unrepentant angelic face of a smiling teenager who has raped a woman and
slit her throat while her children cry in a locked room of a house, or at
the impassive cool face of a man who has cold-bloodedly shot a man dead
for ten dollars and a gold chain, we wonder what's going on and dismiss it
as senseless and them as monsters.
Professor Canter is saying that people who kill cold bloodedly are
practiced in the art of denial, are uncomfortable with self examination
and utterly unable to see any flaws in themselves. This is because they
have never developed empathy towards other people (perhaps because they
have never received any). They have such low self esteem that they need
above all to control other people in order to affirm themselves (and what
greater power can one have over someone than the power of life and death?)
Professor Canter writes: "But
prison gives plenty of time for contemplation. Whatever denial he had
managed to maintain in the years since his conviction could not be
he got to know the other prisoners who shared his world Shipman will have
become to realize how much he had in common with them. He will have met
people who were violent out of annoyance or just because they could get
away with it, or even because they enjoyed inflicting pain on others. He
would have shared prison with people who committed crimes out of habit, or
as an easy way of solving a personal problem."
That hit hard. Harold Shipman is not unlike many of us. How many of
us have lived without encountering, receiving or inflicting tyranny of the
sort Professor Canter writes about? Certainly we've all met people who
were "violent out of annoyance or because they could get away with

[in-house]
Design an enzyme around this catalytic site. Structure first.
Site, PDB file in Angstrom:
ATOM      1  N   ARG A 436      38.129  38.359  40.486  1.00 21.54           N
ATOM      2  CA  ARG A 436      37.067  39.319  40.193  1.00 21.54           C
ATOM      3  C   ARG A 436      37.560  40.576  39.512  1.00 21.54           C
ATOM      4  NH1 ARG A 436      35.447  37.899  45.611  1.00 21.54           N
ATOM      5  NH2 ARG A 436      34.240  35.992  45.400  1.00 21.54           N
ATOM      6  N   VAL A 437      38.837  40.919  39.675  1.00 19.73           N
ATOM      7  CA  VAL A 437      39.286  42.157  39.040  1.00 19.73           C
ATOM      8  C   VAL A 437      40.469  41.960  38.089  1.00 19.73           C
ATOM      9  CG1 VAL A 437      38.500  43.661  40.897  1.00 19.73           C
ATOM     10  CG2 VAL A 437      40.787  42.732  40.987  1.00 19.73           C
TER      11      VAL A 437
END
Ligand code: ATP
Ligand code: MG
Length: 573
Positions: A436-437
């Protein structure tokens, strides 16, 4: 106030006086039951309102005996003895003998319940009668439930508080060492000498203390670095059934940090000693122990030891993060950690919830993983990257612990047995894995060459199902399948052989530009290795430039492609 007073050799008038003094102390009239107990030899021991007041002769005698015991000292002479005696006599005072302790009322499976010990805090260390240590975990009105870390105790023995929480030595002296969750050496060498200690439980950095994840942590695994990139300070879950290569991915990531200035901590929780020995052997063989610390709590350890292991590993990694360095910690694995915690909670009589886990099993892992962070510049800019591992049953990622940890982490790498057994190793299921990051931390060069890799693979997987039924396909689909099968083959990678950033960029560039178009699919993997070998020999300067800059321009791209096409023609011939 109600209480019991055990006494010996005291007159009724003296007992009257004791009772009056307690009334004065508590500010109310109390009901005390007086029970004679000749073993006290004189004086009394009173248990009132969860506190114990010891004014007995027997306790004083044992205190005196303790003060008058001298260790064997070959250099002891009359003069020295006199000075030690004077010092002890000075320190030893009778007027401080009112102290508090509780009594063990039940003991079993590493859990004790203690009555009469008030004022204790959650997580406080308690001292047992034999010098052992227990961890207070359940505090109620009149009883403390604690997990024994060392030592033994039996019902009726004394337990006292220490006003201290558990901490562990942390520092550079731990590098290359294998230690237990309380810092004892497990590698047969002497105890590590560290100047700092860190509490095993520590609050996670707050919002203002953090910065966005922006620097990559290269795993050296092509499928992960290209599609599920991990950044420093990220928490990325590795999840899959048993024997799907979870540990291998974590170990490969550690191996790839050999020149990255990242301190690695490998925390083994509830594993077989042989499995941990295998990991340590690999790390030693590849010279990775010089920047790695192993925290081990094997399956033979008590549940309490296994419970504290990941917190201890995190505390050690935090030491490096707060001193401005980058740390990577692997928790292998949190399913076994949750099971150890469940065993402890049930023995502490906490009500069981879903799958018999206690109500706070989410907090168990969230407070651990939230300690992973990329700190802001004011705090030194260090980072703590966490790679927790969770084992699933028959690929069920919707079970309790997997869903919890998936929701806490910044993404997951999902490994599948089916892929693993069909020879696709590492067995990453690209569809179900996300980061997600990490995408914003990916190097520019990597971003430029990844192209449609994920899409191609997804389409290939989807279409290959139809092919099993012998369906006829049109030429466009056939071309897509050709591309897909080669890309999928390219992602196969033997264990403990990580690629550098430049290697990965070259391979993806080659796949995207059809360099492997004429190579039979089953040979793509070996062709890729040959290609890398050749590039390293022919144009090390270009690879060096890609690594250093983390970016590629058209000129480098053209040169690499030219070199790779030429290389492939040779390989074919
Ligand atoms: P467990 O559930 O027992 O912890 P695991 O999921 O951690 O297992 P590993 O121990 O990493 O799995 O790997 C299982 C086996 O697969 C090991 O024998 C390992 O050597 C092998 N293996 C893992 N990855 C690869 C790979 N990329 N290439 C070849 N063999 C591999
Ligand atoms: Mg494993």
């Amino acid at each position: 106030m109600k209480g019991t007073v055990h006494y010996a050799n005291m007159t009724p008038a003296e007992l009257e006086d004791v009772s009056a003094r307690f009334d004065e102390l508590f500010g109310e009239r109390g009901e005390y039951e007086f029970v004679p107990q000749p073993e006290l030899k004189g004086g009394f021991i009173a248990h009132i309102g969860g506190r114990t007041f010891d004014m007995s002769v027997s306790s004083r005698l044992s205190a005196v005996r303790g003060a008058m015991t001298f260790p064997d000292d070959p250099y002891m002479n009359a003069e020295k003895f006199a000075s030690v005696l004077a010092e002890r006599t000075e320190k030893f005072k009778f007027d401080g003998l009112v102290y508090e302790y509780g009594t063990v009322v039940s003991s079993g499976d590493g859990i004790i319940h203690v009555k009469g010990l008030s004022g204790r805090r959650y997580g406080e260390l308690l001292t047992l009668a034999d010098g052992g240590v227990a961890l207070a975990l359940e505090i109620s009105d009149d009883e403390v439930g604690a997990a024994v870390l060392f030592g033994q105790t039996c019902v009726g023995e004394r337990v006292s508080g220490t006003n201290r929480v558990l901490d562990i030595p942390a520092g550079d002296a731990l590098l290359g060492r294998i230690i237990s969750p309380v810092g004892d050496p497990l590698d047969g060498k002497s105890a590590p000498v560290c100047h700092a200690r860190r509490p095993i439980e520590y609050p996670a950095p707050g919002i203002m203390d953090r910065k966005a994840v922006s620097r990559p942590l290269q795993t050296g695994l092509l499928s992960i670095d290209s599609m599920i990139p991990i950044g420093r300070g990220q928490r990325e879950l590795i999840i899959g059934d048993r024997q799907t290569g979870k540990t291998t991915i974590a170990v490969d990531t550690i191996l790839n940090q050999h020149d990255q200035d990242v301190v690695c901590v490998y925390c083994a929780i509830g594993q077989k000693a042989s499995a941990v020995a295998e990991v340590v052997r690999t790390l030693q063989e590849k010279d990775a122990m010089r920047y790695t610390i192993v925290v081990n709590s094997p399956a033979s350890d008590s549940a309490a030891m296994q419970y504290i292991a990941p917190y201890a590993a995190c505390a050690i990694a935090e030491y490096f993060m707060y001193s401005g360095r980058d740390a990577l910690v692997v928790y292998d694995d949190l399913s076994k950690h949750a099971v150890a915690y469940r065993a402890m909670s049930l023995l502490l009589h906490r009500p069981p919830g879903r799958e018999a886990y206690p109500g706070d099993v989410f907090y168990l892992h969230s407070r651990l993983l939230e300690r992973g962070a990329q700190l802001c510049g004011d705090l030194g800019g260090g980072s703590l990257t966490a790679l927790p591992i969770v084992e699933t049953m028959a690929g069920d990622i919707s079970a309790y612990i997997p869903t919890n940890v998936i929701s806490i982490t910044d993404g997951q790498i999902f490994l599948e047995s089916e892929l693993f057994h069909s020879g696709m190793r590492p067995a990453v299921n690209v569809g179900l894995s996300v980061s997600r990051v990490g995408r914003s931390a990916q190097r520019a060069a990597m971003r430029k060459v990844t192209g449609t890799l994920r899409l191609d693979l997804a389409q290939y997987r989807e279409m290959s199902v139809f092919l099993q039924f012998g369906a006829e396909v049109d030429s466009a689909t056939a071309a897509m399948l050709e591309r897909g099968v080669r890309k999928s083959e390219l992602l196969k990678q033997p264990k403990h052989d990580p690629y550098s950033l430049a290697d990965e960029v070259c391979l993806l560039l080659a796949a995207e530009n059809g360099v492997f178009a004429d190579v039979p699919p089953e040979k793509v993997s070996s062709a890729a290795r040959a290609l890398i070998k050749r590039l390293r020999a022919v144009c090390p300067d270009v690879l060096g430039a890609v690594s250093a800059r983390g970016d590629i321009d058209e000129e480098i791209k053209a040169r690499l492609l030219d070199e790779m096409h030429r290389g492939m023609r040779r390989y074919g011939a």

it." He is not an aberration but has simply upped the grade - the
human grade many of us share – several hundred times to become a killer.
Professor Canter continues on Shipman:
"For a professional to make a career out of killing his
patients must mean that deep down he sees himself and those around him as
mere objects that he can dispatch at will" Professor Canter is
essentially saying that people who kill see themselves just as dispensable
as their victims. That they have no self worth – not even a basic value
for life and cannot recognize it in others.
The Professor ends his fascinating analysis of a killer "I am too
much of an optimist about human nature think that a doctor can kill his
patients and still have any empathy or sympathy for the harm he is doing.
Such a lack of fellow-feeling will inevitably be turned on himself, as he
sees the need to cancel out the void that envelops him."
This revealing article in the Times brought me back with a jolt to one of
my basic beliefs. That "evil" in human nature - cruelty,
tyranny, abuse of power, is rarely about the victim. It's almost always
about the bad feelings we have about ourselves. Sometimes they manifest as
petty, power plays in an office, in the home. They move up grades like
Shipman or the people who buggered and murdered 12 year old Akiel Chambers
and need to face the full force of the law. Still, inescapably they remain
as human as you and I. It made me think too, just as the price of freedom
is eternal vigilance, the price of humanity is reaching out to touch those
who are so emptied out, they have none left.